osteon: structural unit of compact bone - cylinder parallel to the long axis of the bone.

elongated cylinder parallel to the long axis of bone

lamellae - hollow tubes of bone matrix; collagen fibers in the same ring run in the same direction, but adjacent rings run in different directions to withstand stress and resist twisting

central canal runs through core of osteon which contains blood vessels and nerve fibers.

volkmann's canals run perpendicular to canal, and connect blood vessels and nervs of periosteum, medullary cavity, and central canal.

lacunae - small cavities that contain osteocytes.

canalculi = hairline canals that connect lacunae to each other and central canal.


microscopic anatomy of spongy bone

appears poorly organized, with trabeculae

contain irregularly arranged lamellae and ostoecytes interconnected by canalculi. capillaries in endosteum supply nutrients.


organic components of the chemical composition of bone

osteogenic cells, osteoblasts, osteocytes, bone-lining cells, osteoclasts, osteoids.

1/3 of organic bone matrix is secreted by osteoblasts (made up of ground substance, collagen fibers, and contributes to structure; provides tensile strength, flexibility)


inorganic components of chemical composition of bone

hydroxyapatites (mineral salts) - 65% of bone by mass, mainly of tiny calcium phosphate crystals in and around collagen fibers

responsible for hardness and resistance to compression


intramembranous ossification

bone develops from fibrous membrane, resulting in a membrane bone (flat bones, like clavicles and cranial bones)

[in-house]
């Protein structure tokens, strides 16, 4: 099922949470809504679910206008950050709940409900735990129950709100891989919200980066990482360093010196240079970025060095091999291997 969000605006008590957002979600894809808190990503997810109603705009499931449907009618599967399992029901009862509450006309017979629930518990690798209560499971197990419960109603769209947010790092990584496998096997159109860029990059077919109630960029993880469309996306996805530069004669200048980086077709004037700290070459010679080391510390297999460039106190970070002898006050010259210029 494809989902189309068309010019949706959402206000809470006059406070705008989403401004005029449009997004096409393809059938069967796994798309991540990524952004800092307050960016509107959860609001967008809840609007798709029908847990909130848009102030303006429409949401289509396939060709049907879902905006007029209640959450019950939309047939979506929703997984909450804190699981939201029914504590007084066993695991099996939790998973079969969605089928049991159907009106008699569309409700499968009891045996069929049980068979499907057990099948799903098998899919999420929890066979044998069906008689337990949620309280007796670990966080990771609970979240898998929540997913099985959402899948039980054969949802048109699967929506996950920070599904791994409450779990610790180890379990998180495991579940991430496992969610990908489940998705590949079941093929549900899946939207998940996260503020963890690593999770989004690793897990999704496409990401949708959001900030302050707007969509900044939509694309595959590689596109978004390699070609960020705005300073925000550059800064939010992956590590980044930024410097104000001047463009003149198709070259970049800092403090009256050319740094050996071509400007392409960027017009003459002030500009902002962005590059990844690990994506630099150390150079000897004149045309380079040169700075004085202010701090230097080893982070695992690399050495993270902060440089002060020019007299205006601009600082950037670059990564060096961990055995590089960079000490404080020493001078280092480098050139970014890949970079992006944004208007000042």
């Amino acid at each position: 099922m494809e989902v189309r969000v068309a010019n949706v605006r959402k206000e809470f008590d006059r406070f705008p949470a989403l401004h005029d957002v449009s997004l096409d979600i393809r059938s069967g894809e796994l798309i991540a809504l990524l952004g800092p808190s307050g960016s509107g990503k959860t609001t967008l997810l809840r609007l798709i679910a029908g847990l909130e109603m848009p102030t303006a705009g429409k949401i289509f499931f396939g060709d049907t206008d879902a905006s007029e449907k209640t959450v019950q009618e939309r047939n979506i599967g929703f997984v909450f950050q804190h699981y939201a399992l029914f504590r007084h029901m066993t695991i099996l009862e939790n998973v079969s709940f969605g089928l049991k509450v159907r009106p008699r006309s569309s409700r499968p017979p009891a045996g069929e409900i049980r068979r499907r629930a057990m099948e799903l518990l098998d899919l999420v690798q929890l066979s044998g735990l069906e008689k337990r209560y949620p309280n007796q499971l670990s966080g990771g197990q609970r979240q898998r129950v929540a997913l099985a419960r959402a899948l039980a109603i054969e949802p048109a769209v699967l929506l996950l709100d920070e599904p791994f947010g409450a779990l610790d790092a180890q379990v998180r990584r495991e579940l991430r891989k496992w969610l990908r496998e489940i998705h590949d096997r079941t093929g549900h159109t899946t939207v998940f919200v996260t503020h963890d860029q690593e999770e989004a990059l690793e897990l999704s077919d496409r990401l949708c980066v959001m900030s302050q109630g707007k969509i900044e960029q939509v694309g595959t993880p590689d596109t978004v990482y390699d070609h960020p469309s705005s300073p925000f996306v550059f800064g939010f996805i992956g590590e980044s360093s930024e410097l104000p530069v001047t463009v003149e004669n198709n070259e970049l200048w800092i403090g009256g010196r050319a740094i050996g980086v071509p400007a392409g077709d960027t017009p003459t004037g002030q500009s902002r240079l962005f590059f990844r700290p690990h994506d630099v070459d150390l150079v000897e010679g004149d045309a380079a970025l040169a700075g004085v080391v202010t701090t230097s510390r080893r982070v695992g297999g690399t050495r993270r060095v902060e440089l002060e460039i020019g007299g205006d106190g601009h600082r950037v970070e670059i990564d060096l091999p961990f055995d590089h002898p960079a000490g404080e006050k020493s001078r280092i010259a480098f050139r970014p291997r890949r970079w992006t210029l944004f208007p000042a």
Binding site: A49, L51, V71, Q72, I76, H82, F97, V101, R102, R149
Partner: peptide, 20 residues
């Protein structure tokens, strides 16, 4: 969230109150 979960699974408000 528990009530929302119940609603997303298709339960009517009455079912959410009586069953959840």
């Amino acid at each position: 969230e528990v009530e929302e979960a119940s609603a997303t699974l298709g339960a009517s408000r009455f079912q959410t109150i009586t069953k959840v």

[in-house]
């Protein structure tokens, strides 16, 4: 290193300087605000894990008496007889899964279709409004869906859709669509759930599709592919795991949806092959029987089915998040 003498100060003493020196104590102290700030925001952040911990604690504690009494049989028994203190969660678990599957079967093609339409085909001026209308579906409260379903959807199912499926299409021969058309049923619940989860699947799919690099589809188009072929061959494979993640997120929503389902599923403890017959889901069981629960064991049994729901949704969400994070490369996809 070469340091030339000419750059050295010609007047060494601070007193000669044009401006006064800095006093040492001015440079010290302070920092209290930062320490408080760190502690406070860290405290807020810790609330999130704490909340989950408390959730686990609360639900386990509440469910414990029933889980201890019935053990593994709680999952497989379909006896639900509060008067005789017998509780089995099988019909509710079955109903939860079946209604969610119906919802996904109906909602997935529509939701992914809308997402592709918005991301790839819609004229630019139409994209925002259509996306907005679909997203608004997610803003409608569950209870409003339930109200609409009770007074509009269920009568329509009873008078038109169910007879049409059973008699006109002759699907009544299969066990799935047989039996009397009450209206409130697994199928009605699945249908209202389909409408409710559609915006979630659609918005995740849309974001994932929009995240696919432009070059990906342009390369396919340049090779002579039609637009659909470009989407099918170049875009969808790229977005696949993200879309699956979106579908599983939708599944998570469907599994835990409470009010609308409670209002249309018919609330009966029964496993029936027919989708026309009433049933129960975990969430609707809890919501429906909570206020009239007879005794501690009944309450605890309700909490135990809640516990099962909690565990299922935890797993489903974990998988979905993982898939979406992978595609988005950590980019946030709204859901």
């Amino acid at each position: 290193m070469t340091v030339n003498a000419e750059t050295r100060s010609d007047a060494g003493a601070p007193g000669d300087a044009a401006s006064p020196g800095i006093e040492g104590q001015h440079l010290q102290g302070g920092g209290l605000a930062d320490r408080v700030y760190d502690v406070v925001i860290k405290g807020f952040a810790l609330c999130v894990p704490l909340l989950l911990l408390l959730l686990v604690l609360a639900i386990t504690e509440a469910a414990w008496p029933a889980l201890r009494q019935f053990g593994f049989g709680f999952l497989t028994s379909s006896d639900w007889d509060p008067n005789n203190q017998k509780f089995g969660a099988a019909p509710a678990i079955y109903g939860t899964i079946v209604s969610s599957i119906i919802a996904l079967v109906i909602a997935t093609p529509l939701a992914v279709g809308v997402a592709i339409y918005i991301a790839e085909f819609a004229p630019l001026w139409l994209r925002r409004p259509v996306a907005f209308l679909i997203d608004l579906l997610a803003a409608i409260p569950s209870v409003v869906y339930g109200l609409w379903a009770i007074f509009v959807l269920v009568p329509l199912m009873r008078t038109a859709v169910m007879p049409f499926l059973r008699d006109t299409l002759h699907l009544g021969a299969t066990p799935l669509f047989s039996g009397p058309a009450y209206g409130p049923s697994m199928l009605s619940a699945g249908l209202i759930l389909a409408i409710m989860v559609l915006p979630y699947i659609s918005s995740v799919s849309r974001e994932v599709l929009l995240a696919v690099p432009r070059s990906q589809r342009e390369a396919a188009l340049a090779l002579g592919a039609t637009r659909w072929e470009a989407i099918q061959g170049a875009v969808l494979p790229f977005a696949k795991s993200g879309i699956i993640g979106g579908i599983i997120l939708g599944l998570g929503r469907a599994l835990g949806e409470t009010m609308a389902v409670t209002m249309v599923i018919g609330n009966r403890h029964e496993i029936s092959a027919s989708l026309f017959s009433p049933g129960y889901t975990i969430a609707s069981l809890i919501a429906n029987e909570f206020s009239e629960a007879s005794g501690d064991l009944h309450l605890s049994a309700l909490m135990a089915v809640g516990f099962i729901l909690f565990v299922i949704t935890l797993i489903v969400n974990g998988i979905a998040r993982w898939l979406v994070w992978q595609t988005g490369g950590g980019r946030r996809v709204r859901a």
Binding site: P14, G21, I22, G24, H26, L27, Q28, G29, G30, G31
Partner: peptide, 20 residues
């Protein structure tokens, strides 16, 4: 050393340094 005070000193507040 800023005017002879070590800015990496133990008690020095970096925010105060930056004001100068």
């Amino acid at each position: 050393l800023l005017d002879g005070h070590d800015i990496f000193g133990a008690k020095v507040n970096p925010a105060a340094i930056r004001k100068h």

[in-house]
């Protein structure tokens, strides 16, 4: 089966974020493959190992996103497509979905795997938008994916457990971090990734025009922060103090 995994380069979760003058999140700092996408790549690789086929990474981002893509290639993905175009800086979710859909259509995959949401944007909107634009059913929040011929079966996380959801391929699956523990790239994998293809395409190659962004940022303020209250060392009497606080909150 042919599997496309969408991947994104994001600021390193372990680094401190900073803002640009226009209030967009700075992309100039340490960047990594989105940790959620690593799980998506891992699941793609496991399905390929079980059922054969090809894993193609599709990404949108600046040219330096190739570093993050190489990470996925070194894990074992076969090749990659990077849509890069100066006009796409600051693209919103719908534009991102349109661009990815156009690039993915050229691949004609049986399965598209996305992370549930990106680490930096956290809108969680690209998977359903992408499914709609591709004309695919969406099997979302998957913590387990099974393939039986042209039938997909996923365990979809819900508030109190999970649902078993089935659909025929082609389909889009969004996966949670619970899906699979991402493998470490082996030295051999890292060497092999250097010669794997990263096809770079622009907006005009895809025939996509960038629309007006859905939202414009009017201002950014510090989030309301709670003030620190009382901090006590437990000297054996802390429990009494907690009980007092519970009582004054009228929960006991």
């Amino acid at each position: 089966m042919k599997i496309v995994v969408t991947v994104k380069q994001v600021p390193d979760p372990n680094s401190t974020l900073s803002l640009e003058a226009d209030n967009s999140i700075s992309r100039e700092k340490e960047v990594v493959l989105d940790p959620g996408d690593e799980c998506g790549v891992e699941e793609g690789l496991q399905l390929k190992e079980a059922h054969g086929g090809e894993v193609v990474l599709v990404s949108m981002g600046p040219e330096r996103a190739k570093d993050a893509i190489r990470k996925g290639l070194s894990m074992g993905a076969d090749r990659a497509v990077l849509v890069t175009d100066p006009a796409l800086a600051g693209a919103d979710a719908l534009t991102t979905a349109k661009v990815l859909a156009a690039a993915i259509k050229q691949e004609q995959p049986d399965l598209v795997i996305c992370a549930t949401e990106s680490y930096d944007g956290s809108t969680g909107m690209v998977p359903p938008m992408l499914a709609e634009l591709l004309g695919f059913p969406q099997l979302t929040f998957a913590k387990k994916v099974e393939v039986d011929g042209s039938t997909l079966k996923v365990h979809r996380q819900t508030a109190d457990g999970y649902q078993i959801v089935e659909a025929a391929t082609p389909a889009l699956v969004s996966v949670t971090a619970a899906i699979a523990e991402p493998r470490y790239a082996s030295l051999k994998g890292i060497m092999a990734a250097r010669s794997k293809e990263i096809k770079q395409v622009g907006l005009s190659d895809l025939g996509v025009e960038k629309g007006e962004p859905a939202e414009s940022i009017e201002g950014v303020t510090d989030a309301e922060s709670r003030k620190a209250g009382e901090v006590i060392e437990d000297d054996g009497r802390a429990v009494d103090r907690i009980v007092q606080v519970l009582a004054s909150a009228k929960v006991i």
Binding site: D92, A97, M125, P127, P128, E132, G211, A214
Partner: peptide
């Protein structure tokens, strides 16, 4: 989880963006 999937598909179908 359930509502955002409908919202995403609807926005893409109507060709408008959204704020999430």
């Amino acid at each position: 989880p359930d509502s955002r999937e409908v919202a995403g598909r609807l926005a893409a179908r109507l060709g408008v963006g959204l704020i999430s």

endochondral ossification

bone forms by replacing hyaline carilage. bones are called cartilage bones, forms most of skeleton.


interstitial growth: growth in length of long bones

requires presence of epiphyseal cartilage

epiphyseal plate maintains constant thickness - rate of cartilage growth on one side balanced by bone replacement on the other.

concurrent remodeling of epiphyseal ends to maintain proportion


interstitial growth zones

1. resting zone - cartilage on epiphyseal side of epiphyseal plate (inactive)

2. proliferation zone: cartilage on diaphysis side of epiphyseal plate, rapidly divide pushing epiphysis away from diaphysis

3. hypertrophic zone: older chondrocytes which erode and enlarge, leaving interconnected spaces

4. calcification zone: surrounding cartilage matrix calcifies, chondrocytes die and deteriorate

5. ossification zone: stalagtite-looking, osteoclasts erode spicules and osteoblasts cover them with new bone, ultimately spongy bone replaces them


bone remodeling components

osteoblasts: secrete new bone matrix (bone deposit)

dig depressions and grooves as they break down matrix, secret lysosomal enzymes that digest matrix and protons, acidity converts salts to soluble forms.
-they also fagotize demineralized matrix and dead osteocytes


primary ossification center

begins in center of shaft, blood vessel infiltration of perichondrium converts it to periosteum


secondary ossification center

appear in epiphyses


vitamin d's affect on bone growth and development

increases the flow of calcium into the blood stream by promoting absorption of calcium from food.


somatotropin (growth hormone)'s affect on bone growth and development